• I see another problem with rvrn.  At what stage is it executed for a complex script?  I looked through the USE specification, and found no mention of it.  That implies to me that it would be executed in the final GSUB stage along with the like of blws, which is in direct contradiction of the feature description, which implies it should be executed before any other shaping is done.

  • I would find it definitely surprising if ccmp were disabled in any shaping engine on any platform. Some applications would by-pass shaping for performance reasons if certain heuristics were true—e.g., a script (like Latin or CJK) for which shaping isn't absolutely essential, no discretionary features applied...
    That may be the historical root of the problem.  If one is to render Latin text that is not in form NFC, one needs shaping to implement soft-dottedness.  (NFC makes it harder to come up with uncontrived examples of need - CLDR 'ISO 11940' transliteration is the most obvious with ได้ > dị̂.) Consequently, ccmp seems to have be enabled for 'standard scripts', but I haven't done a detailed study.  At one staɡe, I then found that for at least some combinations of Windows and browser using native rendering, ccmp was enabled by default for Latin but could not be enabled for Tai Tham (at least, not from HTML)!  This is still the situation for Windows 7 and IE 11.  It seems that as Tai Tham requires reordering but Windows 7 does not provide it, Tai Tham is not allowed shaping by substitution!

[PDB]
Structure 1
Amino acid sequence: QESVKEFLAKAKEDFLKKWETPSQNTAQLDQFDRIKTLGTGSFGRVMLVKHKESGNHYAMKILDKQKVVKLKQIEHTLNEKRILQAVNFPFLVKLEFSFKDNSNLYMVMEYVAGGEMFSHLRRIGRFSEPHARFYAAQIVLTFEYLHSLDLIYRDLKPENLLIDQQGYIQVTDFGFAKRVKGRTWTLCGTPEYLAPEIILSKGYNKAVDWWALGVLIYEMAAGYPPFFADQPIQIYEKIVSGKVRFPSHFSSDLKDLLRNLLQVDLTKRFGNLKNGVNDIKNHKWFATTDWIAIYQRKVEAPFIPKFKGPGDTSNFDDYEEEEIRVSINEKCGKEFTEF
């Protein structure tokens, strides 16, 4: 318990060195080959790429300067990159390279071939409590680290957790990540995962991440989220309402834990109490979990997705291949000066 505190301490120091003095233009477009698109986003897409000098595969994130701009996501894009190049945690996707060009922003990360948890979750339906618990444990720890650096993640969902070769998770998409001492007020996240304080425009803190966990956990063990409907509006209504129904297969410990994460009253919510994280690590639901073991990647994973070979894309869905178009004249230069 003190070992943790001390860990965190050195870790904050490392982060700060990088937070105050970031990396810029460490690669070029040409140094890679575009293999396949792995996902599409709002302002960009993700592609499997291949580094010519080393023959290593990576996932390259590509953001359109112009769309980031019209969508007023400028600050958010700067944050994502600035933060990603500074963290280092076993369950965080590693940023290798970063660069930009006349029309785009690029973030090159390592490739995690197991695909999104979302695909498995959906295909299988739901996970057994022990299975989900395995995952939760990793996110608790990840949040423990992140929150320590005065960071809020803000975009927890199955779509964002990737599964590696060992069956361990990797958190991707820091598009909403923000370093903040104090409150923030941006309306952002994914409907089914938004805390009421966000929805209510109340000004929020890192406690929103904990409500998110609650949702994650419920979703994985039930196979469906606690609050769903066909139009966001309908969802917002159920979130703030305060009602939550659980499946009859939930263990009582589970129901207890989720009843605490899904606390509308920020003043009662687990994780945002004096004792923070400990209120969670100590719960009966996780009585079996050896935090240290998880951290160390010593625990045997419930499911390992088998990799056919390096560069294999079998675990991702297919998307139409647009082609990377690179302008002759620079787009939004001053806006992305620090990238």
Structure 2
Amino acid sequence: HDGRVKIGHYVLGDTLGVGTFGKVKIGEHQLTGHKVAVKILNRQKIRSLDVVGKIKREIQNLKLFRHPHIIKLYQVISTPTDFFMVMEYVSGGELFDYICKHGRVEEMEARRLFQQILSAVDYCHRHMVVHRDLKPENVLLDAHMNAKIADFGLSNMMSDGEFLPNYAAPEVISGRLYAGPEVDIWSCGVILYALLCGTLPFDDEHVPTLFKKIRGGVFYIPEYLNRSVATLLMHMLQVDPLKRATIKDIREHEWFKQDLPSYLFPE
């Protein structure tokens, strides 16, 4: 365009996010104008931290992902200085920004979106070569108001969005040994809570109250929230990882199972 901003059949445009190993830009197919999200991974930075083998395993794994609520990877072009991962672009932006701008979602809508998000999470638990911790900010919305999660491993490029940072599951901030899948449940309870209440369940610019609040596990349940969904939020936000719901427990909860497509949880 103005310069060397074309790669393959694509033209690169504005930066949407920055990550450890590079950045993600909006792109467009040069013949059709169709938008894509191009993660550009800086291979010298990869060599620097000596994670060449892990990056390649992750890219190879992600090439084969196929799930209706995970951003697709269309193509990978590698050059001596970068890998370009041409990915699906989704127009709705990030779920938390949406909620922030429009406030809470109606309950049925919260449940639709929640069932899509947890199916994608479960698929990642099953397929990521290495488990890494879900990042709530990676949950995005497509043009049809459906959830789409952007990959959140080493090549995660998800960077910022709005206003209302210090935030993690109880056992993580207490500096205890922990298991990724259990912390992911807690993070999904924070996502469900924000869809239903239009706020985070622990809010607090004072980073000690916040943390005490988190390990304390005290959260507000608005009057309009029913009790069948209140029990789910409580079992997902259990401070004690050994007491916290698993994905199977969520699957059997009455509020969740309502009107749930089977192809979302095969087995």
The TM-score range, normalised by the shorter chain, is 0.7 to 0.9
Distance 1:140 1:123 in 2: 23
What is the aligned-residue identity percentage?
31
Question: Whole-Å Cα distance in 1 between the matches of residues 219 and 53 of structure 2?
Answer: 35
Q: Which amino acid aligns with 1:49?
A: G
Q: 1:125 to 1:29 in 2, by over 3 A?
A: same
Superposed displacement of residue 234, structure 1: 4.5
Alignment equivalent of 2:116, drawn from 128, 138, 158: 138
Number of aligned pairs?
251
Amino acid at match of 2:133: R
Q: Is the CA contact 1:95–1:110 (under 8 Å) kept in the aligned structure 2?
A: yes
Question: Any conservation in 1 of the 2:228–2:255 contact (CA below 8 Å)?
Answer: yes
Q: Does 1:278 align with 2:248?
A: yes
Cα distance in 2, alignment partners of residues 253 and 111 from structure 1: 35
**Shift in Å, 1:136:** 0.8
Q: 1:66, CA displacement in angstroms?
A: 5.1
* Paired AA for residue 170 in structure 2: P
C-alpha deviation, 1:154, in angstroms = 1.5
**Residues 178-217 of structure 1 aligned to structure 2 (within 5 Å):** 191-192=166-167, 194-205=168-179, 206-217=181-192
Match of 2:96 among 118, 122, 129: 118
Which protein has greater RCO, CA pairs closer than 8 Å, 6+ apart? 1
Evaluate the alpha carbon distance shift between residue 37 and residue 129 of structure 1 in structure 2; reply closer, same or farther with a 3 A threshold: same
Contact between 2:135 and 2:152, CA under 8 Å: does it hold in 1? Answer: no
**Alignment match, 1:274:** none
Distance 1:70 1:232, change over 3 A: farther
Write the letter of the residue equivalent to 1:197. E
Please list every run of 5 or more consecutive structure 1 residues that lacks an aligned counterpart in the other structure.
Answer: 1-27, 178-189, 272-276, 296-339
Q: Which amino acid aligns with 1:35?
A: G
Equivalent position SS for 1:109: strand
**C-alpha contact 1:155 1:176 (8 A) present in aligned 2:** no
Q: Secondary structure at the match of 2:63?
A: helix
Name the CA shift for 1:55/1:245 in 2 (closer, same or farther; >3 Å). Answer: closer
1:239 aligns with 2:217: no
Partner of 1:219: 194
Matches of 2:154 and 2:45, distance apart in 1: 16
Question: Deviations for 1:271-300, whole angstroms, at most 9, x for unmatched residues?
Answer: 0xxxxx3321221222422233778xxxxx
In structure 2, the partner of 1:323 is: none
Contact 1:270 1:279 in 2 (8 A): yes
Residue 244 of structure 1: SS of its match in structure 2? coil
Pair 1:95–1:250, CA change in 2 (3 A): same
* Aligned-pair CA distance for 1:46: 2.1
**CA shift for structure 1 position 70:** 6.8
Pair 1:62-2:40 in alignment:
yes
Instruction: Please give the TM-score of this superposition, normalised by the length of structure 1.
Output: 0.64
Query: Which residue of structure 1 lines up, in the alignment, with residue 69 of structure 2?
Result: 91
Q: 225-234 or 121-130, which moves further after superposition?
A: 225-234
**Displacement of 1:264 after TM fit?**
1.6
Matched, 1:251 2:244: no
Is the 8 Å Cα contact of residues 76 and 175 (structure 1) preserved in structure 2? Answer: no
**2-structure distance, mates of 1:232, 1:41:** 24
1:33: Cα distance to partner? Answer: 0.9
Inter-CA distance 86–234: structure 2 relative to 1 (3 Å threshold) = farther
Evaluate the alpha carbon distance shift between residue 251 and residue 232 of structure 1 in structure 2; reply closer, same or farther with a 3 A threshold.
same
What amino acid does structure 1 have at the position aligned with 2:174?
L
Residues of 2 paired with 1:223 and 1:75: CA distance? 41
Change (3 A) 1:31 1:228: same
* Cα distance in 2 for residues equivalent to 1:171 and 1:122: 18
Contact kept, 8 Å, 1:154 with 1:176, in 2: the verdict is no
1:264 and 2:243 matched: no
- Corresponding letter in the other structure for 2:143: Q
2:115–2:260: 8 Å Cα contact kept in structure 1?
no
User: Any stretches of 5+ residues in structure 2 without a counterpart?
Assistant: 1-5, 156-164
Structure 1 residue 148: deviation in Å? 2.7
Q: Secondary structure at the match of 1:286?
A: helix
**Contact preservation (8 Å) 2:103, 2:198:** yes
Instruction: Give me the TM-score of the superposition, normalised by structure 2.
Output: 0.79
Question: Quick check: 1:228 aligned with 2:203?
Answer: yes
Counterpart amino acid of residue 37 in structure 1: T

I forget the precise situation with Windows 10 with IE 11 and natively rendering MS Edge - I think A Tai Tham KH worked in IE11 when ccmp was explicitly initialised by the font definition in the HTML, but with MS Edge one got reordering both from the renderer and the font, which works badly for connected text.  Unfortunately, I don't currently have Windows 10 with access to my pages on the Internet to test it out, let alone a version of MS Edge with Windows shaping.